Road Safety: Don't Wreck Your Vacation!
CDC recommends making sure you are up to date with your COVID-19 vaccines before travel, which includes additional doses for individuals who are immunocompromised or booster doses when eligible. Follow all requirements and recommendations at each location during travel, including wearing a well-fitting mask and following recommendations for protecting yourself and others. If you are traveling internationally, check the COVID-19 Travel Health Notice for your destination and visit the International Travel webpage for requirements and recommendations.
Follow these tips to minimize your risk of being injured in a car crash while you're on vacation.
Most people think about travel vaccines when they're planning an international trip, but few people consider the possibility that they might be involved in a car crash. Motor vehicle crashes are the leading cause of death among healthy travelers, and no vaccine can prevent a car wreck. Fortunately, a little bit of knowledge and awareness can go a long way toward keeping you safe.
Just the Stats
Each year, 1.3 million people are killed and 20–50 million are injured in motor vehicle crashes worldwide. Most (85%) of these casualties occur in low- or middle-income countries, and 25,000 of the deaths are among tourists. Nearly half of medical evacuations back to the United States are the result of a car crash, and a medical evacuation can cost upward of $100,000.
Why Are Car Crashes a Risk for Travelers?
More and more people are driving cars and riding motorcycles in developing countries, and these countries are an increasingly common destination for US tourists. Roads in these countries may be poorly maintained, and traffic laws may be haphazardly followed or enforced. A crash in a developing country is more likely to be fatal because emergency care may not be readily available. It may take a long time to get to a center that can provide appropriate care, and care, where available, may not be up to US standards.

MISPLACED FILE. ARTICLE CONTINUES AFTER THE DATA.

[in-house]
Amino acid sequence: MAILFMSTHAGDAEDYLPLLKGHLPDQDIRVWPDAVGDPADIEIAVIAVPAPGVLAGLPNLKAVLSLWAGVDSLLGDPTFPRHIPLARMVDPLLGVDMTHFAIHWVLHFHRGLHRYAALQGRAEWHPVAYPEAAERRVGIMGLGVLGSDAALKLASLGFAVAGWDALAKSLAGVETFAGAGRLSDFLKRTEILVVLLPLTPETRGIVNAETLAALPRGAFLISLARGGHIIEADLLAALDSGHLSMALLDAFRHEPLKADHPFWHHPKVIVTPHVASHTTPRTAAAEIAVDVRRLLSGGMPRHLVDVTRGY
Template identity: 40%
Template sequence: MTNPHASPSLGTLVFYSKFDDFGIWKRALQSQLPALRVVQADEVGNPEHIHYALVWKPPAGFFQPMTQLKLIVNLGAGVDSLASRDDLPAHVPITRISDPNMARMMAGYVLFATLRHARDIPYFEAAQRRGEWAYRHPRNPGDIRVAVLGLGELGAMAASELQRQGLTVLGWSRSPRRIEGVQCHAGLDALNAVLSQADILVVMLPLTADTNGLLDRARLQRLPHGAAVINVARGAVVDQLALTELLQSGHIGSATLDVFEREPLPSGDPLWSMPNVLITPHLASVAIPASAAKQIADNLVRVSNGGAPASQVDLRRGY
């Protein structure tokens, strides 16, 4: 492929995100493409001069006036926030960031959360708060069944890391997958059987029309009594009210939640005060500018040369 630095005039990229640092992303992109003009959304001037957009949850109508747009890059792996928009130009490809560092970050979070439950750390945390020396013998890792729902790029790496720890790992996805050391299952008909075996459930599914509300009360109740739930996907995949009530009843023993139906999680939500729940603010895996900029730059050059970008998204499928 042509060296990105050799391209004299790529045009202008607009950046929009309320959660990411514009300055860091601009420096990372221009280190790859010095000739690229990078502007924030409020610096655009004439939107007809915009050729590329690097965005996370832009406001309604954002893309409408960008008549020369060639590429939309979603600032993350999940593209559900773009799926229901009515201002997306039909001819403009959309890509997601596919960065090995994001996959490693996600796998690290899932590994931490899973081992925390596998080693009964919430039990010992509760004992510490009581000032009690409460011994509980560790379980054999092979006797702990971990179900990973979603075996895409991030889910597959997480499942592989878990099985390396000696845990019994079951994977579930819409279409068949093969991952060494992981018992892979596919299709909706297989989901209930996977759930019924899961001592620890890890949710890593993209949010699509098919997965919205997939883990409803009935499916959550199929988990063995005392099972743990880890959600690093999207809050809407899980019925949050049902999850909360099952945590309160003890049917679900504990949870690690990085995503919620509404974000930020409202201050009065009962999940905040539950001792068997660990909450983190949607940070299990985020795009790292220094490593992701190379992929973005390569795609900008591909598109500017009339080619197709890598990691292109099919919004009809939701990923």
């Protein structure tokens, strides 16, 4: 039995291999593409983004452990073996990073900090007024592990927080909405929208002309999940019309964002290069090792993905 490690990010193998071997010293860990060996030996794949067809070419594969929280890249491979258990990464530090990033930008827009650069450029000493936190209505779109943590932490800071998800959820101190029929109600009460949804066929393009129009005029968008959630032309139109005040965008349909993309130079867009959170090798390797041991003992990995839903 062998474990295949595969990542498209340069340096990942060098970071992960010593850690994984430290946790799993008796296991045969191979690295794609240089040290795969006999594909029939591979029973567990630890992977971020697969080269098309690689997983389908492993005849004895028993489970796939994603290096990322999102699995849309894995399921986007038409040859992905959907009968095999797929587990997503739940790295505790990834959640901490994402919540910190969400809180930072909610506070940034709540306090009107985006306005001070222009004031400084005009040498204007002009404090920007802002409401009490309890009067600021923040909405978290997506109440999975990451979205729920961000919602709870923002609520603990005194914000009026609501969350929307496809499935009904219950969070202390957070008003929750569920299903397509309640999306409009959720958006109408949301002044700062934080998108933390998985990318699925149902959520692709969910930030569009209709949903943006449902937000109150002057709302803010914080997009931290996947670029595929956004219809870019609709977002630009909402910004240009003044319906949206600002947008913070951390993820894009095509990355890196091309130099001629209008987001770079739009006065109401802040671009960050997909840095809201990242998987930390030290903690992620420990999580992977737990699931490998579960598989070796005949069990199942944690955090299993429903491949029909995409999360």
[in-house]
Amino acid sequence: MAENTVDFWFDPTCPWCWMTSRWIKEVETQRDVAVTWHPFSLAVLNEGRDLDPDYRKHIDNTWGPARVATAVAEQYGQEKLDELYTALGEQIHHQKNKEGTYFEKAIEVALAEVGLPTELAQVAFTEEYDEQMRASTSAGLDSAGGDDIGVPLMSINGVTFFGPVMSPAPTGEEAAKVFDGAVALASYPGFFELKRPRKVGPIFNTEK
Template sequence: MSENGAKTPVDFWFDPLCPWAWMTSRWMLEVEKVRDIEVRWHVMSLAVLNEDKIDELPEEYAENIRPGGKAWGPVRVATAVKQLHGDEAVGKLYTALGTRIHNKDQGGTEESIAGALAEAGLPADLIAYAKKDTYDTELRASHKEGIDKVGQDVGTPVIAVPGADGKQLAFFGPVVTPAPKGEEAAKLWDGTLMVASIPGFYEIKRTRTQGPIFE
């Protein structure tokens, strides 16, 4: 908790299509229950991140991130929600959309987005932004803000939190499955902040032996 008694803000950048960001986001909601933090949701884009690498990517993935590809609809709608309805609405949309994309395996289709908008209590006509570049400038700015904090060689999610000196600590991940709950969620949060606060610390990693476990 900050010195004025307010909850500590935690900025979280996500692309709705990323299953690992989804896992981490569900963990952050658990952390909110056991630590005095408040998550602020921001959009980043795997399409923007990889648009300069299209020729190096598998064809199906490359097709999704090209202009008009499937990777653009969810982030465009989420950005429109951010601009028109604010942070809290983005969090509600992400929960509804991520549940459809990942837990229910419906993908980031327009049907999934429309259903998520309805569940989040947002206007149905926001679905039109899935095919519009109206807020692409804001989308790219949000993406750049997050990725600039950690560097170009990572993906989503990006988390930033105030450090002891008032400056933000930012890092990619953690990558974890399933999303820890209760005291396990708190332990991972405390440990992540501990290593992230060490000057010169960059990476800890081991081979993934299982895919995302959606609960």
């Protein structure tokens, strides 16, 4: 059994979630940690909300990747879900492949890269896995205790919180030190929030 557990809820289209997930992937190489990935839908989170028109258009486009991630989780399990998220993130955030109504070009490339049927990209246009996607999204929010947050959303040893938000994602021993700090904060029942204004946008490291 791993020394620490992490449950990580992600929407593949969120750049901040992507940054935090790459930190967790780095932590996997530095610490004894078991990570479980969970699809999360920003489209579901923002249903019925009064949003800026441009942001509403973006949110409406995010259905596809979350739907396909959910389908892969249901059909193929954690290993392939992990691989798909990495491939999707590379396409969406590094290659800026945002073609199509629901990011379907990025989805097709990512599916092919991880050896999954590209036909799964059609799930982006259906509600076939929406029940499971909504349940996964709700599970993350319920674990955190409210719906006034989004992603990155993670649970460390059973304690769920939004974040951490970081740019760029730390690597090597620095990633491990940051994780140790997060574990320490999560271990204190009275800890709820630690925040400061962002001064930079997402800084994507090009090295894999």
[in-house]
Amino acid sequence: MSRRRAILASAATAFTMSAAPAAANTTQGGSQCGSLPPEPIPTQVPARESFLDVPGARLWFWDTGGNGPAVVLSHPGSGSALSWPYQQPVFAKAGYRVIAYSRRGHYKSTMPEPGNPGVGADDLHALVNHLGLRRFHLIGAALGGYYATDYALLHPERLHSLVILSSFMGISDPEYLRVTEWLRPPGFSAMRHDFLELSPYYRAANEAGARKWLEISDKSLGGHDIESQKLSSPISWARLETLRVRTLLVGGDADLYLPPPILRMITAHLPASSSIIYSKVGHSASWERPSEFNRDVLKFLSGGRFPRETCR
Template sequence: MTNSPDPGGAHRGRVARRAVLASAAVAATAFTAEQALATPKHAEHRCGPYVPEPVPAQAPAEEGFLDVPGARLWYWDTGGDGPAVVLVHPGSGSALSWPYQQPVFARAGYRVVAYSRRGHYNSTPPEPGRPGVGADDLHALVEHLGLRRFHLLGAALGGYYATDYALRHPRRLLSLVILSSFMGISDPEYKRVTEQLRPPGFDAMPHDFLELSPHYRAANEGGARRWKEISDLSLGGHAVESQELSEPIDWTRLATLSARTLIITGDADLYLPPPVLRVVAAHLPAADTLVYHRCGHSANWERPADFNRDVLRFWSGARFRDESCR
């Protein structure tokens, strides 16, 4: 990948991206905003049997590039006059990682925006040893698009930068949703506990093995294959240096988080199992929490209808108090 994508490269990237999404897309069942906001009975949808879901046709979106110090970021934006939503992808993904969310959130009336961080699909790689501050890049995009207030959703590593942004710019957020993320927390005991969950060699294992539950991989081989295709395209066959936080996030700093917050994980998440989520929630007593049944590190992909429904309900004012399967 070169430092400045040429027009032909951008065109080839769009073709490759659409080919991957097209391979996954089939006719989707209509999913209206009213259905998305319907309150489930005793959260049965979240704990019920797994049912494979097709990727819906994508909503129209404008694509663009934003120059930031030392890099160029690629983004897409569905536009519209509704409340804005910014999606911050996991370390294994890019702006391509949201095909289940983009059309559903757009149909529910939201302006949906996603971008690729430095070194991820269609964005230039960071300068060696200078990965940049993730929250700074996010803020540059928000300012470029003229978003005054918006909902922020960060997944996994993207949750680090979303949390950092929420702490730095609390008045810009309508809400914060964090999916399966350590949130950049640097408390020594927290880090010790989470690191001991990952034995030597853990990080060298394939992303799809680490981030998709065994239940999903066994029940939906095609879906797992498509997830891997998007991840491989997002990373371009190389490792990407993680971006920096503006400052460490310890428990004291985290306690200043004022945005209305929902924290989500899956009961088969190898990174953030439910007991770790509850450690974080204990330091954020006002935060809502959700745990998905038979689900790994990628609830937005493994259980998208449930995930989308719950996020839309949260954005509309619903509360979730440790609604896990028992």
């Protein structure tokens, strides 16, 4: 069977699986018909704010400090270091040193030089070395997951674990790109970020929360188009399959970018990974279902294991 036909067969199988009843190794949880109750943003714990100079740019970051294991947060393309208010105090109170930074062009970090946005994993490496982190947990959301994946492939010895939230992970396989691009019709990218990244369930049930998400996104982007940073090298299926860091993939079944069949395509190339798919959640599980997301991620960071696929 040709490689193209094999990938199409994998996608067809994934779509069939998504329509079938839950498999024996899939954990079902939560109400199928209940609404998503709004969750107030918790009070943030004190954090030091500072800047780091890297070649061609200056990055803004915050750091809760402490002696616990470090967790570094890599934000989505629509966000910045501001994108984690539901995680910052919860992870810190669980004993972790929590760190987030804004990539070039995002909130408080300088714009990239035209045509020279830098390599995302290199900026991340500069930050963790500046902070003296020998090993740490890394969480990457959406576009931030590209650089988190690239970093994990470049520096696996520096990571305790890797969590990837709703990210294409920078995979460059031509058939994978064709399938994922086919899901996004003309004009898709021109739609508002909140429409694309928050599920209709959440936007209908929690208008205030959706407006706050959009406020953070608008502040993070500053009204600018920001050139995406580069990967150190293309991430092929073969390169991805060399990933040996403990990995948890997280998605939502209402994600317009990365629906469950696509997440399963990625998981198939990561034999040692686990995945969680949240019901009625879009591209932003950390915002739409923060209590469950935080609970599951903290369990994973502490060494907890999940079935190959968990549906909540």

Tourists may get behind the wheel in a foreign country without being adequately informed of local traffic laws, they may not be accustomed to driving on the left, or they may be driving vehicles (such as rented motorcycles or scooters) that they do not know how to properly operate. In addition, the excitement of being on vacation may encourage travelers to engage in risky behaviors, such as drinking and driving, that they would never do at home.
What Can I Do to Avoid a Crash?
Take the following steps to minimize your risk of being injured in a crash while you're on vacation:
- Always wear seatbelts and put children in car seats.
- When possible, avoid riding in a car in a developing country at night.
- Don't ride motorcycles. If you must ride a motorcycle, wear a helmet.
- Know local traffic laws before you get behind the wheel.
- Don't drink and drive.
- Ride only in marked taxis that have seatbelts.
- Avoid overcrowded, overweight, or top-heavy buses or vans.
- Be alert when crossing the street, especially in countries where people drive on the left.
Following these tips is the best way you can keep from getting in a motor vehicle crash and ensure a safe and healthy vacation. (But don't forget your travel vaccines, either!)
- Global Road Safety
- Motor Vehicle Safety
- The Association for Safe International Road Travel
- Make Roads Safe: The Campaign for Global Road Safety
- CDC Travelers' Health
- Injury Prevention from CDC Health Information for International Travel (Yellow Book)